November 9, 2006
David Mamet has one question—for the wicked son
(Page 3 - Previous Page)Perhaps there's also a parallel to be found in Mamet's show, "The Unit," about a group of men, a combat unit, who keep their identity hidden but are loyal to their country, to each other, and who act when called upon, when others are in danger, no matter where in the world. Is this the sort of tribal loyalty Mamet is searching for?
Then I realize why what Mamet is searching for ultimately doesn't matter, as he might be the first to tell you. What matters are the questions he is asking in his book.
We live in a time when anti-Semitism is no longer a matter of quotas or numerous clauses, of Nuremberg Â Â laws, or pogroms. We live in a country where one can say with conviction: It can't happen here. Where one can argue that there has never been a better time or a better country in which to be a Jew. But that doesn't mean that anti-Semitism is not occurring or that Jews are not being murdered in Pakistan (Daniel Pearl), France (Ilan Halmi), or in Israel (I regret that the names are too many to list) for the crime of being a Jew, and that the casual anti-Semitism of certain academics, or in foreign newspapers is as any less pernicious or dangerous than what is being spewed in Iran or in radical mosques the world over. History has taught us that words lead to actions. In times like these, as Mamet might ask, should we be more Jewish or less Jewish?
At times like these, just as our love for our country, America, transcends the actions of any one administration -- or any select individuals serving in Washington, Iraq, Guantanamo Bay or Abu Ghraib -- should those who disagree with individual policies of the democratic government of Israel feel less solidarity with their fellow Jews or more?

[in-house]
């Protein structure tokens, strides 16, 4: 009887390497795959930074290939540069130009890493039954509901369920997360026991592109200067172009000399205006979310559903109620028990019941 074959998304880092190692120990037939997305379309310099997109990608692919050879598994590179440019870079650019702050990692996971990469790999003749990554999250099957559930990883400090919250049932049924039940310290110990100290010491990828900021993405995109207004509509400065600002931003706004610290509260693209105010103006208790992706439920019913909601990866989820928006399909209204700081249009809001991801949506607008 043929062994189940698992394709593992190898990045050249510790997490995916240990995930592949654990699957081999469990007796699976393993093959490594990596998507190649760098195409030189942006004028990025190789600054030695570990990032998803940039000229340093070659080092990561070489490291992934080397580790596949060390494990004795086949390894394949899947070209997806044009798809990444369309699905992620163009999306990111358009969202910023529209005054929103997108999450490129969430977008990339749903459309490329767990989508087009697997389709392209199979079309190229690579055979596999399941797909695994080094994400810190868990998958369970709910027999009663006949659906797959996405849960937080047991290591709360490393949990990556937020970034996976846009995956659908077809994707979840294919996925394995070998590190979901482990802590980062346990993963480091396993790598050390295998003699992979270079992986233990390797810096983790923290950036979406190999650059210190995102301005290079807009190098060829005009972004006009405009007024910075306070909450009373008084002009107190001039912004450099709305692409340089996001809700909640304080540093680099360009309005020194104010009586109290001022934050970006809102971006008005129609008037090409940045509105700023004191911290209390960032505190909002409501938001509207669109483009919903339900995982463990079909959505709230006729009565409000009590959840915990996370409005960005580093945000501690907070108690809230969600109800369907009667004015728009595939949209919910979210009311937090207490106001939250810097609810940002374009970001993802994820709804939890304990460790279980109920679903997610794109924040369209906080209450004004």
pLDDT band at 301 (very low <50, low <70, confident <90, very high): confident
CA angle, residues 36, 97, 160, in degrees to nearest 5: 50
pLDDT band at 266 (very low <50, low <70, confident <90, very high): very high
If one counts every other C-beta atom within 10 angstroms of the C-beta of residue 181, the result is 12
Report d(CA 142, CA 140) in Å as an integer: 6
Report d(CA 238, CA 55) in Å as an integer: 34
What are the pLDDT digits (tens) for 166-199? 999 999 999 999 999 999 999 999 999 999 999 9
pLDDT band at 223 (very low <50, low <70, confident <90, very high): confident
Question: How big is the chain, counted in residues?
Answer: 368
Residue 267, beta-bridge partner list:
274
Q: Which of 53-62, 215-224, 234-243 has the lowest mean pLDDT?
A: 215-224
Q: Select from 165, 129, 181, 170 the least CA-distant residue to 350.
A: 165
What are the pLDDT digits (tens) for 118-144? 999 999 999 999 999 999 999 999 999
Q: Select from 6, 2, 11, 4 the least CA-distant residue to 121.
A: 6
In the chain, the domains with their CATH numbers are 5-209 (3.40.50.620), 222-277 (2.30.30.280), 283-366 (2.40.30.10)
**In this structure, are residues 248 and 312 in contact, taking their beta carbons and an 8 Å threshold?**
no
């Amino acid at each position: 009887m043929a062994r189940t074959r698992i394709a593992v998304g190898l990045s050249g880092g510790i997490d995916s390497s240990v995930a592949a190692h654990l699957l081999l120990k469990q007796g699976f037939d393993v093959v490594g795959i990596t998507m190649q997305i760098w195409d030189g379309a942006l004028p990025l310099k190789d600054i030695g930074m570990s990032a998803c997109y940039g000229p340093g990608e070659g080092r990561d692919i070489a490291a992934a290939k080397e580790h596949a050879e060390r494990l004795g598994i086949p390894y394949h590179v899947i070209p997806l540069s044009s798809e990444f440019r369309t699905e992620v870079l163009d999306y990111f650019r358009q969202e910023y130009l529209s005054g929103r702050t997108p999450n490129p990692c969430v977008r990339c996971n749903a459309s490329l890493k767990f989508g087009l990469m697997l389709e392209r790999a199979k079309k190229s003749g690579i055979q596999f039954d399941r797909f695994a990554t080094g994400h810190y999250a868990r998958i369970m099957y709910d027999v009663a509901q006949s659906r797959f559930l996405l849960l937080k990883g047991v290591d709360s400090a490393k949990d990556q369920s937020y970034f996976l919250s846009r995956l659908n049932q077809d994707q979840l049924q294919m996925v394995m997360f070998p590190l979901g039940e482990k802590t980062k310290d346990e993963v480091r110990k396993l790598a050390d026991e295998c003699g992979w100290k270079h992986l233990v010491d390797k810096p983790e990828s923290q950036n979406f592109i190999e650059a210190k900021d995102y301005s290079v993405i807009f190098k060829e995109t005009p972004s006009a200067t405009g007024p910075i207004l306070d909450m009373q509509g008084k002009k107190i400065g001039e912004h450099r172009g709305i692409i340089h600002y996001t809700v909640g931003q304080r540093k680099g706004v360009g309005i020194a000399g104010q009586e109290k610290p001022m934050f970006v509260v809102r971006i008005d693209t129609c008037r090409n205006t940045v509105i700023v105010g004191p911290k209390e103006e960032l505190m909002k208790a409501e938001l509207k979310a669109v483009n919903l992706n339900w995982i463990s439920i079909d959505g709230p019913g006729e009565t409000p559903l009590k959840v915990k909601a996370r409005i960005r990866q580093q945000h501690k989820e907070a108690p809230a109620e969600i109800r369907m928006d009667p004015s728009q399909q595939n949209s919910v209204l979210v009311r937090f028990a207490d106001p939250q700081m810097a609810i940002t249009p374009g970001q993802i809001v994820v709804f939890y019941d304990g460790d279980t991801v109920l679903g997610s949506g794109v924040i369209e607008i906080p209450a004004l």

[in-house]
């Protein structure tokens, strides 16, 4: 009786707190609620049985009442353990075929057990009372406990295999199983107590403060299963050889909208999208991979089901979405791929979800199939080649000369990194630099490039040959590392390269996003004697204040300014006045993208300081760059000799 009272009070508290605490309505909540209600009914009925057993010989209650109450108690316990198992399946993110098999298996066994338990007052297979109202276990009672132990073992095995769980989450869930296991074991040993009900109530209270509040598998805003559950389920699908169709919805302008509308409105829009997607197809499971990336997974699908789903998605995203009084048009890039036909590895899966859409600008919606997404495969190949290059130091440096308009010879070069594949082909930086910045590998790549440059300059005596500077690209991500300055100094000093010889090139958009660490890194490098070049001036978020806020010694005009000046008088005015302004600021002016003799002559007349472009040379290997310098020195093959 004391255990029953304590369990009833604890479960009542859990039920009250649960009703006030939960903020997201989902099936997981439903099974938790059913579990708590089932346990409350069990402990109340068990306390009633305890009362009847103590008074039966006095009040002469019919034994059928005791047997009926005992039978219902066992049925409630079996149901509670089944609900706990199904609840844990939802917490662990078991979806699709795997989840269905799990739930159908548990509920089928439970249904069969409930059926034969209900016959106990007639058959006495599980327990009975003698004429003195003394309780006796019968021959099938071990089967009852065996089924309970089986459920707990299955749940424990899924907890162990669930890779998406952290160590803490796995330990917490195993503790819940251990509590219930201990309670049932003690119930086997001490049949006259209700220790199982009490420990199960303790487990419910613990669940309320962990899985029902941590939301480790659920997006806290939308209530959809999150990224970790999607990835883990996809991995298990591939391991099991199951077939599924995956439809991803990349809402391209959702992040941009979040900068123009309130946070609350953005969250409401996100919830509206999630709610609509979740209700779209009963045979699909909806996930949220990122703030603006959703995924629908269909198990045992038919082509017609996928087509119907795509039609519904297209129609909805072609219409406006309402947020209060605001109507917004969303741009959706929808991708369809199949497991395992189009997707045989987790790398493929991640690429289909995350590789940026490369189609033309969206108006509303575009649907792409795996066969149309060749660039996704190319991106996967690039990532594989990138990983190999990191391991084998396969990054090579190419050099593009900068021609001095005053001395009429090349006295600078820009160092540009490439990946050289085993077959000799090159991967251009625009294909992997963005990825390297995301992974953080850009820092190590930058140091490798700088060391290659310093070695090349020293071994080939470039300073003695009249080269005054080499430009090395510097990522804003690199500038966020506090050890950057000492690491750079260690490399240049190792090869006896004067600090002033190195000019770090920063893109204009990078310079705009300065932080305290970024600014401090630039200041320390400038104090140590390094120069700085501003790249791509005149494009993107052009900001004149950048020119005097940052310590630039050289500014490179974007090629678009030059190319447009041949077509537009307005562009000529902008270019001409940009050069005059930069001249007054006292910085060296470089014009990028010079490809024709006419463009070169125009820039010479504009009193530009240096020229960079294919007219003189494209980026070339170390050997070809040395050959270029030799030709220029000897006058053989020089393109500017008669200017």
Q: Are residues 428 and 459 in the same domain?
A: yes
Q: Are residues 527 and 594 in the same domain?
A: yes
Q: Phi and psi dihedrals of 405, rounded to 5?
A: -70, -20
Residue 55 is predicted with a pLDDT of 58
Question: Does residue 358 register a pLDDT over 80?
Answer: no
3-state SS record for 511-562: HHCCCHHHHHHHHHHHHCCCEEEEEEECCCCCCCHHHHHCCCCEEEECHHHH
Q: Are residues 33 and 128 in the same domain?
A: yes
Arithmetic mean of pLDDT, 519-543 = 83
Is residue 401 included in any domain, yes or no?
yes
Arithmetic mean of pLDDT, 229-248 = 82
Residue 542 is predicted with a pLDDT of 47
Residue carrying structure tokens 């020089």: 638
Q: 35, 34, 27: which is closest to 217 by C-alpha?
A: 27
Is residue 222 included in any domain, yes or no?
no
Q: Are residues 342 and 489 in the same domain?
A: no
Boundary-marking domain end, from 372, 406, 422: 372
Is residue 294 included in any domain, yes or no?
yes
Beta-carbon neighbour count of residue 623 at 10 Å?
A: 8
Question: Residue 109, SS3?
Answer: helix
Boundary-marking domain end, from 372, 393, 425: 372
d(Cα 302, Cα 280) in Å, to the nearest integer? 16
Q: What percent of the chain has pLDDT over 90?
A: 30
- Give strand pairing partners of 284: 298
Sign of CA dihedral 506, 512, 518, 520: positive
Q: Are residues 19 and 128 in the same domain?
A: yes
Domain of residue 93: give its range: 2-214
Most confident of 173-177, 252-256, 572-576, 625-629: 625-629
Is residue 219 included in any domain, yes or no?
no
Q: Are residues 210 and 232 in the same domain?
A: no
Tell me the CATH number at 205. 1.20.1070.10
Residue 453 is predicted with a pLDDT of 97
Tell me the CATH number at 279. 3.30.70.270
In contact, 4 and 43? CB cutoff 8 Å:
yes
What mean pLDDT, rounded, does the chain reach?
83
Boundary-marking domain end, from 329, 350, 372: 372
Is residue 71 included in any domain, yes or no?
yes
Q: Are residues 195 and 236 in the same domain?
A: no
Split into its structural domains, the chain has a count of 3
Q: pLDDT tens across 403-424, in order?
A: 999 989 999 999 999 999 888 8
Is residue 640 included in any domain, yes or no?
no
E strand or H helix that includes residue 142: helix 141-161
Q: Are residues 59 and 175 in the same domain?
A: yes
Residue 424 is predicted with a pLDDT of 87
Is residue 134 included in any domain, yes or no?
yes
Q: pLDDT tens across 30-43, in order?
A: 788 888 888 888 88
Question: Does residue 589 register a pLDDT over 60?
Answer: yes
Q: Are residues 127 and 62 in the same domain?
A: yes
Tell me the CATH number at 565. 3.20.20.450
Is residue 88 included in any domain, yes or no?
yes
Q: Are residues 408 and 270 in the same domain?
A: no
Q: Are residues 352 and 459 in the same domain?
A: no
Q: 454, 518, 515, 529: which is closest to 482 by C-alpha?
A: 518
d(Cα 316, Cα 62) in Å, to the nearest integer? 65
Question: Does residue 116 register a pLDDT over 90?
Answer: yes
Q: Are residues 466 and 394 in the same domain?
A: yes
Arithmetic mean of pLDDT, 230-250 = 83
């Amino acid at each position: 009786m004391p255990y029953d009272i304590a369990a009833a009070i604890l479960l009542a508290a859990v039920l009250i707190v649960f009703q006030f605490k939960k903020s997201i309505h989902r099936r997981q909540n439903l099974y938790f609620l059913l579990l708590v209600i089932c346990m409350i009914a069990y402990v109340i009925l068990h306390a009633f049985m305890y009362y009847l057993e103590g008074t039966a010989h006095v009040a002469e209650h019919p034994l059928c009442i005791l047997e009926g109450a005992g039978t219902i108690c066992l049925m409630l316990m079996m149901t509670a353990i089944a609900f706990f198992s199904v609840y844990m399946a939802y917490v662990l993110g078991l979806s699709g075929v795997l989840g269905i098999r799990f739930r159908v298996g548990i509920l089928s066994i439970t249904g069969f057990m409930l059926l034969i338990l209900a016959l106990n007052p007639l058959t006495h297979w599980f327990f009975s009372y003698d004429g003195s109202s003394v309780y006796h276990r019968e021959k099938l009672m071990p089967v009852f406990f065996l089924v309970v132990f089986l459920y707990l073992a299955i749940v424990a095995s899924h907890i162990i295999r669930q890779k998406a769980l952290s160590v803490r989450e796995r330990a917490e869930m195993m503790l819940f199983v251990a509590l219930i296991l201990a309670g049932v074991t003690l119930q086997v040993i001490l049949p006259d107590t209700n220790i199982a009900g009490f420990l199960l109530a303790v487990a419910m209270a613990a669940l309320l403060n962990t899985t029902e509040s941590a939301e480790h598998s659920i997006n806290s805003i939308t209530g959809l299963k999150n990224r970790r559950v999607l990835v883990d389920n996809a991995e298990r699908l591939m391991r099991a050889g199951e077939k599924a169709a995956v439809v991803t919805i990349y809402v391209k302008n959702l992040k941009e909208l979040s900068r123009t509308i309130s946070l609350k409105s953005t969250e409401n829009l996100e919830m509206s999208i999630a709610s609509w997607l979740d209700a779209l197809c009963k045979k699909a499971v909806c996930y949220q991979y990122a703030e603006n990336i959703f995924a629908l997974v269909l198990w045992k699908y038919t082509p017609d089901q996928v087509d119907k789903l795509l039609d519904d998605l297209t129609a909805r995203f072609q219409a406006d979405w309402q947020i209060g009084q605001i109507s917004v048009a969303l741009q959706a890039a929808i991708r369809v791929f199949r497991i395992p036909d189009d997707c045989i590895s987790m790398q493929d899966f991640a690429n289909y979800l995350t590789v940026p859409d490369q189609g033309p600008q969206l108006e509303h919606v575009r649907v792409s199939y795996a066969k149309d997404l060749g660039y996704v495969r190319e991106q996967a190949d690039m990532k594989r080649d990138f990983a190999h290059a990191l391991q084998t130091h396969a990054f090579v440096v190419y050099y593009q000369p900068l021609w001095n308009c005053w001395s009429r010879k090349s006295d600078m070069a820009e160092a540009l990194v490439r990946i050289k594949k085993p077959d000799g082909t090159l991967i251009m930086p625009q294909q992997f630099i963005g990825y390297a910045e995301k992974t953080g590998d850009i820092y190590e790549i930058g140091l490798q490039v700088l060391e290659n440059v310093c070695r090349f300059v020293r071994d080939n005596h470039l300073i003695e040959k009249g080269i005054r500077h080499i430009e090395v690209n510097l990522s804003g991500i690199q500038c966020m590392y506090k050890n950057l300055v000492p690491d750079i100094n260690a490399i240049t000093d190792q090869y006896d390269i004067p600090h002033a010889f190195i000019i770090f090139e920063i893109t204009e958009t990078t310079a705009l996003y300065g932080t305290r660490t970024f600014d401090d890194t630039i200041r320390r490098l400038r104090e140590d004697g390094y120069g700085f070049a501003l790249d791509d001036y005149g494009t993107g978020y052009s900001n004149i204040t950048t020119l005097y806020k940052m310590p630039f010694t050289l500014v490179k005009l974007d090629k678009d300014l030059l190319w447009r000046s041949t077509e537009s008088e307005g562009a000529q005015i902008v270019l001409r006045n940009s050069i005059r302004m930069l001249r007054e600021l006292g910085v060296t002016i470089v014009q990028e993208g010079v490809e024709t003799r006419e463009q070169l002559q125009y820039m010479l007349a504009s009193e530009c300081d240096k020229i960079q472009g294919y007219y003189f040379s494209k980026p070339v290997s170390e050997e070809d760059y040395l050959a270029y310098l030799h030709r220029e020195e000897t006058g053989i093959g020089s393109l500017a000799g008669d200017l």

I have heard the story of the four sons explained as a tale of the generations of Jews in a country -- the first brings with them the customs and practices of the old country and the old religion; the next (the wicked son) rejects the old ways to make his own path in the new land; the next can no longer understand what the rituals meant; and the fourth generation is so cut off from its traditions that it doesn't even know how or what to ask about them. Is this our future or our present?
The challenge facing this generation, facing every generation since Egypt, is the same: To make of Judaism a living religion; to recognize that assimilation need not mean ignorance; and, in our generation, to foster a Zionism in a post-Zionist era, when moving to Israel is no longer the ultimate goal but standing in solidarity with Israel and its people remains central to our identity and our survival.
Whether you read David Mamet's book or not, whether you find it right on or over the top, whether you buy a copy for your friends to please them or infuriate them, the question, remains:
In or Out?
Tom Teicholz is a film producer in Los Angeles. Everywhere else, he's an author and journalist who has written for The New York Times Sunday Magazine, Interview and The Forward. His column appears every other week.